When I watch a basketball game, I see many players often draw a foul by driving to the basket. Sometimes, the offensive player (ball handler) gets an offensive foul because the defender takes a charge. How do you do that?
The keys to taking a charge are anticipation, speed, and attention to detail.
Anticipation refers to knowing where the ball is and knowing where the players are moving to, before they do. In order to take a charge, you have to get to where the offensive player is going a little bit ahead of him in order to plant yourself (two feet, square body) before he gets there. You can't take a charge if you're not there first, after all.
You also need to anticipate the right point to take the charge: where is the offensive player going to be the most out of control, and thus least able to avoid you. That could be as he goes for a layup and is going to elevate, it could be as he is turning blindly, it could be as he avoids weakside help.
Speed is also necessary. You have to be quick to get to that spot on the floor- if you take a long time to get there, the offensive player will see you and avoid you.
Finally, attention to detail is necessary to plant yourself properly and take the charge, and not get called for a defensive blocking foul. Refs tend to call blocking when it's questionable, so the best players at taking a charge do so in an exaggerated manner (not a flop, but they plant themselves very carefully).
They also do that because it helps them avoid the pain from taking the charge - you have a 200 pound person (+/- 50 pounds) barreling into you at speed, that is going to hurt. Carefully planting yourself so that your chest takes the shoulder of the offensive player, and then falling in such a way that you take most of the contact with the floor on your buttocks rather than on your back or arm is important to avoiding injury and too much bruising.
Shane Battier, one of the greats at taking charges, has a Youtube Video that some of this comes from, and he shows you nicely how to take a charge, as well as live pictures of himself and some other greats taking charges in real games.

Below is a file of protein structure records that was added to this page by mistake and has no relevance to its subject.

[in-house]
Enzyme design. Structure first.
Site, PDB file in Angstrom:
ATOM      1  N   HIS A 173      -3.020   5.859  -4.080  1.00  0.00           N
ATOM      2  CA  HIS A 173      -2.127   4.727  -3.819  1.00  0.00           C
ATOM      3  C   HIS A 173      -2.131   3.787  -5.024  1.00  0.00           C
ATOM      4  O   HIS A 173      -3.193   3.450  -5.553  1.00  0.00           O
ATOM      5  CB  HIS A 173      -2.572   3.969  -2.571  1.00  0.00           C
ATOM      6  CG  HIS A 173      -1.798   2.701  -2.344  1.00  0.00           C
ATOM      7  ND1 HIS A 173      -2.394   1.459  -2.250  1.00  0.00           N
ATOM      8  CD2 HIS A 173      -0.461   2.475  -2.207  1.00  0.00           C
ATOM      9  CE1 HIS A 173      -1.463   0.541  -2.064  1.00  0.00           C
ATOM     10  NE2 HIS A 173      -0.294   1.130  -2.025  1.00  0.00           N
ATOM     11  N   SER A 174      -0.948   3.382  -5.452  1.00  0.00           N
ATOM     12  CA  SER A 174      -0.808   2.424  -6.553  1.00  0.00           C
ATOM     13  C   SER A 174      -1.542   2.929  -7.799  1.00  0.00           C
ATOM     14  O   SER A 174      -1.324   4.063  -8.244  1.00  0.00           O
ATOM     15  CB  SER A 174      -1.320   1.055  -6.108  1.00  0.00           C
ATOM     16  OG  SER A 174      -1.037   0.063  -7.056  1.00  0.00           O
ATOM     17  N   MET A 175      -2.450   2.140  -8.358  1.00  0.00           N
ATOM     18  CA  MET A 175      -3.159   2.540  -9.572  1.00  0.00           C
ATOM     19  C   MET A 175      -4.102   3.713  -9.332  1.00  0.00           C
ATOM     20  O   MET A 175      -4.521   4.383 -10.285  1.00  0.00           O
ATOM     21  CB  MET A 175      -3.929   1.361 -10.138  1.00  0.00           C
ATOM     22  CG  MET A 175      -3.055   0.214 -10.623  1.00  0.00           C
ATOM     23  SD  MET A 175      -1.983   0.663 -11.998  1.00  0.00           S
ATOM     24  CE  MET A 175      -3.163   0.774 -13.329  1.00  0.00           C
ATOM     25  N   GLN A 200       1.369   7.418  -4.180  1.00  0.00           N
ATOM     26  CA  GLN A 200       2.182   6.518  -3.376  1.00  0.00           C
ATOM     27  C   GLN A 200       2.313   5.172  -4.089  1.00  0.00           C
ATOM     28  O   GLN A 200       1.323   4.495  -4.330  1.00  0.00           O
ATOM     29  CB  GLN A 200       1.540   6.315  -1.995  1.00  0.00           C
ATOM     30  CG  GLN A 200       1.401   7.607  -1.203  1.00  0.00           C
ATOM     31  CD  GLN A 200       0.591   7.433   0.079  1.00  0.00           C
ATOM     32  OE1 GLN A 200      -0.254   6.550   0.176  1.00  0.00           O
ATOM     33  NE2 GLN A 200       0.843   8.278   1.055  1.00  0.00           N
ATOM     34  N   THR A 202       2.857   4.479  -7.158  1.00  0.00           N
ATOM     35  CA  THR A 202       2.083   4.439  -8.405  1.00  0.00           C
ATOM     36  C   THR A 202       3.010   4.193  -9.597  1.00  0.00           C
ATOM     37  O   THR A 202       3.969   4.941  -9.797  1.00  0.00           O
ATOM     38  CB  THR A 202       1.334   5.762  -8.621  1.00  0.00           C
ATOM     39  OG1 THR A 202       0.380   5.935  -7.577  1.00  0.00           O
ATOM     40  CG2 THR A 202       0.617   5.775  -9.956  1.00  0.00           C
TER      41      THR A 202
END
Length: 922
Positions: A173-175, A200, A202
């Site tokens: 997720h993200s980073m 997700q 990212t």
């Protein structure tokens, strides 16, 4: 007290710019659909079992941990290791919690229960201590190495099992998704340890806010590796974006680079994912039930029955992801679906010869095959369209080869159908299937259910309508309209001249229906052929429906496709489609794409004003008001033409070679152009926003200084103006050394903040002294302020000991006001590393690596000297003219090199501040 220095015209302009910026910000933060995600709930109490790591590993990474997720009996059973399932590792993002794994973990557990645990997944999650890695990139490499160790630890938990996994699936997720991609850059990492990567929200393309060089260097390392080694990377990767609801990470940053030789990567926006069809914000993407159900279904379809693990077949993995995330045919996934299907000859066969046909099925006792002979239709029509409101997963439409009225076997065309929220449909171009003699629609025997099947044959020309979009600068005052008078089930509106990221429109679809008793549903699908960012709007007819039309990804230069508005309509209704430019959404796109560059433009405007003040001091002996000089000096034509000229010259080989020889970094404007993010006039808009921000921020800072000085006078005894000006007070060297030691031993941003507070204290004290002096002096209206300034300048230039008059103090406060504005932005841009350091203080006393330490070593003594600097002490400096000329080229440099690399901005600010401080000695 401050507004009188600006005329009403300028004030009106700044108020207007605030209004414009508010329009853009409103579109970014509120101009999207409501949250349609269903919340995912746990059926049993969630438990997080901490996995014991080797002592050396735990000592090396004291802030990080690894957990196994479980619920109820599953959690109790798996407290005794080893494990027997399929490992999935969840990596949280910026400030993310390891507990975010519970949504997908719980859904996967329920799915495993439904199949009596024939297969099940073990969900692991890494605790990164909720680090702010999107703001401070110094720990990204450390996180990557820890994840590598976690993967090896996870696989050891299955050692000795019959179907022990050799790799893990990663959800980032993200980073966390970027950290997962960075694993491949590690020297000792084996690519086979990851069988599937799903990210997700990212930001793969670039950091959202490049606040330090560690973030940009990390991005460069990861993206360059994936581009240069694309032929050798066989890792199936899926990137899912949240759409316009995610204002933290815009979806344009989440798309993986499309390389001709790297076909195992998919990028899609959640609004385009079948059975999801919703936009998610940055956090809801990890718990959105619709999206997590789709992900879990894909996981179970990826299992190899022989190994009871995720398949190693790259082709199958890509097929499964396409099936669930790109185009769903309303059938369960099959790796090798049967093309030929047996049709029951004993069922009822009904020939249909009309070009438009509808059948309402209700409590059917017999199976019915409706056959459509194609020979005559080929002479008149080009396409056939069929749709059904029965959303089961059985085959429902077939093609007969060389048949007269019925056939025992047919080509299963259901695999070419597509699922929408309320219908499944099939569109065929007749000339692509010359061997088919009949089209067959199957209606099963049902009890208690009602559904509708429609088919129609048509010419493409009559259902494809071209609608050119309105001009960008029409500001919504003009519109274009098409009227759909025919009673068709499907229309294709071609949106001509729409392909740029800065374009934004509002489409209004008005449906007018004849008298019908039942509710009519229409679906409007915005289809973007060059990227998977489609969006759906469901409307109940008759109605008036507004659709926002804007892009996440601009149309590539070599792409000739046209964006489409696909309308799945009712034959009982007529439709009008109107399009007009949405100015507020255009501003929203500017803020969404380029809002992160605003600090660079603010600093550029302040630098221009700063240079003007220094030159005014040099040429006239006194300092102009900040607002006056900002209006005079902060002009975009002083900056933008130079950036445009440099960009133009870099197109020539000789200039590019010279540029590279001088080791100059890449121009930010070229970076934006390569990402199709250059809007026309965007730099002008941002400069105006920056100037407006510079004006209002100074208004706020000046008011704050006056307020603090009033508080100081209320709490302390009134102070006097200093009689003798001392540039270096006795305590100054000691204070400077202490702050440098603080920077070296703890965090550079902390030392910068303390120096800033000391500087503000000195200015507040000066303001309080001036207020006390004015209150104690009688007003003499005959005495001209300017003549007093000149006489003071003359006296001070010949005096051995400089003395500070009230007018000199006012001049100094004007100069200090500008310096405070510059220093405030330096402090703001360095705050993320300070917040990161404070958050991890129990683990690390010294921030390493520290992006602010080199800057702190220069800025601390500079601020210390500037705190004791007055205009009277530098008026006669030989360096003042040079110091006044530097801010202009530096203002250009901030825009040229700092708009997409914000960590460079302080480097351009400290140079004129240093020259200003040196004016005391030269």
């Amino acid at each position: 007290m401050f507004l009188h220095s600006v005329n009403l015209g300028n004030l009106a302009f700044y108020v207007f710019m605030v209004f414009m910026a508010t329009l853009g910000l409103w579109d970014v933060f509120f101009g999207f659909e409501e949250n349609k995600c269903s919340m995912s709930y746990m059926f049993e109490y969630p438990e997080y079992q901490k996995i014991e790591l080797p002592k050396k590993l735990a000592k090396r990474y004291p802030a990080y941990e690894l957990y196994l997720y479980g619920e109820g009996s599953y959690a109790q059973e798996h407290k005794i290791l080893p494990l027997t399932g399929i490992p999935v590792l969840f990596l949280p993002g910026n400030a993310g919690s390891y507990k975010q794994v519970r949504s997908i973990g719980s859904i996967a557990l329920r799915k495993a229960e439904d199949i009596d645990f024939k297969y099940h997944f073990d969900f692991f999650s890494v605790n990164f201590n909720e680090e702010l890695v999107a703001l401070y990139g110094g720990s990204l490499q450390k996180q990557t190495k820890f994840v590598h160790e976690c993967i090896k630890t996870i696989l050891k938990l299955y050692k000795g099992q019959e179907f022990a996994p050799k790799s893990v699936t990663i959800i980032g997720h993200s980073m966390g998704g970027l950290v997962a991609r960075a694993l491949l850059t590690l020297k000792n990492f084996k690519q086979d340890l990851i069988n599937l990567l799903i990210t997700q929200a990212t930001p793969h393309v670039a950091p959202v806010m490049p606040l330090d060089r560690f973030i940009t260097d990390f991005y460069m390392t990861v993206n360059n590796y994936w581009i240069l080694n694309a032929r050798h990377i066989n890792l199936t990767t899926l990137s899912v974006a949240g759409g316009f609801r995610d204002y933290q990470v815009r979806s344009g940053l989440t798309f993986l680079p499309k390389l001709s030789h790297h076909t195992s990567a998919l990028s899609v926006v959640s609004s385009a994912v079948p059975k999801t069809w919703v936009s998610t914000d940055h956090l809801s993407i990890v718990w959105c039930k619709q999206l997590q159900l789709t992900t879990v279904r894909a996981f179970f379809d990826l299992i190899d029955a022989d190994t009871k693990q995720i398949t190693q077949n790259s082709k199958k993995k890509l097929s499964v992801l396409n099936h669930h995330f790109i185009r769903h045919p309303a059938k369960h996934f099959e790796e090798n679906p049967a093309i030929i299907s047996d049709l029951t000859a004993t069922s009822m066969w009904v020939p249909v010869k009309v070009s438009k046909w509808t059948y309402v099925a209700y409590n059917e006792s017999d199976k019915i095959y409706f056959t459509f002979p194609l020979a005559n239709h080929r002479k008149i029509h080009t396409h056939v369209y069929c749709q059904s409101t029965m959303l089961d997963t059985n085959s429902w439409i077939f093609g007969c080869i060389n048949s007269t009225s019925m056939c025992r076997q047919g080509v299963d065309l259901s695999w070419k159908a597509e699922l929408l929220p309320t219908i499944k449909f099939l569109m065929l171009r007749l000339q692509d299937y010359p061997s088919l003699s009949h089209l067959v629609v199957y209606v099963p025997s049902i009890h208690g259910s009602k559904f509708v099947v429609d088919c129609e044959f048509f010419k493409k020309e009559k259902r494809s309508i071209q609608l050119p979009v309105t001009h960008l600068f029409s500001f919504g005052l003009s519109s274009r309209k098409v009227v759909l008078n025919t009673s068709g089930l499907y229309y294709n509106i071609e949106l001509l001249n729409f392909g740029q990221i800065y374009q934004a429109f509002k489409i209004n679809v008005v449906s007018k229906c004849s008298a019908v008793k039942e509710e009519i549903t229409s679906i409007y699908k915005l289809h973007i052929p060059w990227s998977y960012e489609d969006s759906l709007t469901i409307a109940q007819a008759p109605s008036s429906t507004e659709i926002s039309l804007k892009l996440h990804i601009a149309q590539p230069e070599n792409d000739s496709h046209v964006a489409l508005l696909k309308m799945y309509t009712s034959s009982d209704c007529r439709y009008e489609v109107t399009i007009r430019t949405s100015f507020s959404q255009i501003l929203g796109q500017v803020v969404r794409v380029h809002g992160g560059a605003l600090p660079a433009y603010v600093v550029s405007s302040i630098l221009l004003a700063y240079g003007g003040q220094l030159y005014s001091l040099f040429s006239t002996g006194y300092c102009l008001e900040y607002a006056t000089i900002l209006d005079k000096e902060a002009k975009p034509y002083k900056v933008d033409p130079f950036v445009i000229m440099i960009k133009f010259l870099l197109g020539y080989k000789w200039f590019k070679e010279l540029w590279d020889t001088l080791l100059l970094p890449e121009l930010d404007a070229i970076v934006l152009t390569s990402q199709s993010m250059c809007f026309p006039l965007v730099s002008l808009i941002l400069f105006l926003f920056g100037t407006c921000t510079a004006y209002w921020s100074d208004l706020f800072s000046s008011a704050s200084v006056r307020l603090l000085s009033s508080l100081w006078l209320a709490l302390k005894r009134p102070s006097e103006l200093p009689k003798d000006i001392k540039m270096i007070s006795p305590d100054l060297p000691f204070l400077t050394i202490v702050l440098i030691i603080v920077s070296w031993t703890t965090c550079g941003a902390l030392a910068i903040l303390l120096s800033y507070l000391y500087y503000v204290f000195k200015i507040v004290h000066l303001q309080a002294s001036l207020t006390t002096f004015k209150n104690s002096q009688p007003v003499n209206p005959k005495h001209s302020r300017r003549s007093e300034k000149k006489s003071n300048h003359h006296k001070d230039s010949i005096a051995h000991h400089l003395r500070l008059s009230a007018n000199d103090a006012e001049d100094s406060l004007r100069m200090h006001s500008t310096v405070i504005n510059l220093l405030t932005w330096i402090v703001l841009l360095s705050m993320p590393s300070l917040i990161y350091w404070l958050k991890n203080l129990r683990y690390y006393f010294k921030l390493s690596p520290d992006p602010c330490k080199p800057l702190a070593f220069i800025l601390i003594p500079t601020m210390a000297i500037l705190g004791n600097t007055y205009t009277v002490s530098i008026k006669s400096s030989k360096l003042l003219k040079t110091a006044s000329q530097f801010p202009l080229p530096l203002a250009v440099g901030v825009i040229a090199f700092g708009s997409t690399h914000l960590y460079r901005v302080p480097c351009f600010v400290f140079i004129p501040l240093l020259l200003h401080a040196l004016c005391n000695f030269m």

You can also read the NBA Block/Charge rulings which explain what is supposed to be called one versus the other. Knowing these rules and associated rulings are important, because what you're allowed to do as a defender varies by location on the floor and what the offensive player is doing.
“Taking a charge” is an often overlooked skill in basketball. This is due to the fact that in order to be good at it, the player must seek out physical contact by giving up his/her body. In its simplest form, a charge occurs when a defensive player is in a “set” defensive position and the offensive player causes contact to the defensive player’s torso. Often, you’ll hear that the defensive player “owned” the spot on the floor, therefore, the offensive player must try to avoid contact. a "set" position, or, good defensive position can be defined as:
- The defender was still, or moving sideways or backward but not forward, when contact occurred.
- The defender took a legal guarding position before the contact, that is, one with both feet on the floor.
- The defender was hit on the torso (as opposed to the arm or leg).
To be good at taking charges, you must be quick by playing defense with your feet and not your hands. Beating the offensive player to the “spot” is the most effective way of taking a charge
There is no 'being set' or a 'set position' listed in the rulebook (high school). The defensive player needs to establish a legal guarding position at some point; This means facing the ball handler, with two feet on the ground. [This two feet on the ground may be what some people refer to as being 'set', but a defender does not need to be 'set' at the point of contact.] After legal guarding position is established, the defender can move sideways, backwards, and diagonally backwards. If the defender moves toward the dribbler OR if the defender touches the dribbler with arms or hands, that can be a foul on the defender. Otherwise, it is the dribbler's responsibility to avoid the defender's torso after legal guarding position is established. The defender has not yet established legal guarding position if the dribbler is already taking flight for a layup, shot or dunk. The defender must have established that legal guarding position in enough time for the dribbler to avoid the contact. When taking a charge the defender may twist or turn away if they think they will be taking a hard charge and this does not negate the charge foul.